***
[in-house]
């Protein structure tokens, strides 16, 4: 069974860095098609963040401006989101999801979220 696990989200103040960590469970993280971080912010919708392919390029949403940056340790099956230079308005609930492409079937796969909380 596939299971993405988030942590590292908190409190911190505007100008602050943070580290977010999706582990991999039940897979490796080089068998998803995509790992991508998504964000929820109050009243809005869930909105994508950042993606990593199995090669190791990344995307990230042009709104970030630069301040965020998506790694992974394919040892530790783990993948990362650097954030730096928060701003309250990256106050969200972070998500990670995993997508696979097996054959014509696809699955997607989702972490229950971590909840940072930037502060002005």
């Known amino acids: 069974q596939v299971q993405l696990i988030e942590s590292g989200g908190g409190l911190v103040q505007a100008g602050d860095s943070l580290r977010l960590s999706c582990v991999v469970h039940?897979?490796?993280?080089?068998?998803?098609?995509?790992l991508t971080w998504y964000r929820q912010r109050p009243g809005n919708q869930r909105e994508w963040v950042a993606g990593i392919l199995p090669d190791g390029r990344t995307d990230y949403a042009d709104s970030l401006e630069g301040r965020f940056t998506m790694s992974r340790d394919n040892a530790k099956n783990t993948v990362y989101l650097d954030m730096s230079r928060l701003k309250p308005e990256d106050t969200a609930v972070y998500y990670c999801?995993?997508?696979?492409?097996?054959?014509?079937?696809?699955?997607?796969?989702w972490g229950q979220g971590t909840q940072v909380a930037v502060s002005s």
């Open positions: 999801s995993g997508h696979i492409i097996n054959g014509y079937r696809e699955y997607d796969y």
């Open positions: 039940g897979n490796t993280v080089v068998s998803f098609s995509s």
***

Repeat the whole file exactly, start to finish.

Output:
[in-house]
């Protein structure tokens, strides 16, 4: 069974860095098609963040401006989101999801979220 696990989200103040960590469970993280971080912010919708392919390029949403940056340790099956230079308005609930492409079937796969909380 596939299971993405988030942590590292908190409190911190505007100008602050943070580290977010999706582990991999039940897979490796080089068998998803995509790992991508998504964000929820109050009243809005869930909105994508950042993606990593199995090669190791990344995307990230042009709104970030630069301040965020998506790694992974394919040892530790783990993948990362650097954030730096928060701003309250990256106050969200972070998500990670995993997508696979097996054959014509696809699955997607989702972490229950971590909840940072930037502060002005």
């Known amino acids: 069974q596939v299971q993405l696990i988030e942590s590292g989200g908190g409190l911190v103040q505007a100008g602050d860095s943070l580290r977010l960590s999706c582990v991999v469970h039940?897979?490796?993280?080089?068998?998803?098609?995509?790992l991508t971080w998504y964000r929820q912010r109050p009243g809005n919708q869930r909105e994508w963040v950042a993606g990593i392919l199995p090669d190791g390029r990344t995307d990230y949403a042009d709104s970030l401006e630069g301040r965020f940056t998506m790694s992974r340790d394919n040892a530790k099956n783990t993948v990362y989101l650097d954030m730096s230079r928060l701003k309250p308005e990256d106050t969200a609930v972070y998500y990670c999801?995993?997508?696979?492409?097996?054959?014509?079937?696809?699955?997607?796969?989702w972490g229950q979220g971590t909840q940072v909380a930037v502060s002005s």
């Open positions: 999801s995993g997508h696979i492409i097996n054959g014509y079937r696809e699955y997607d796969y």
């Open positions: 039940g897979n490796t993280v080089v068998s998803f098609s995509s």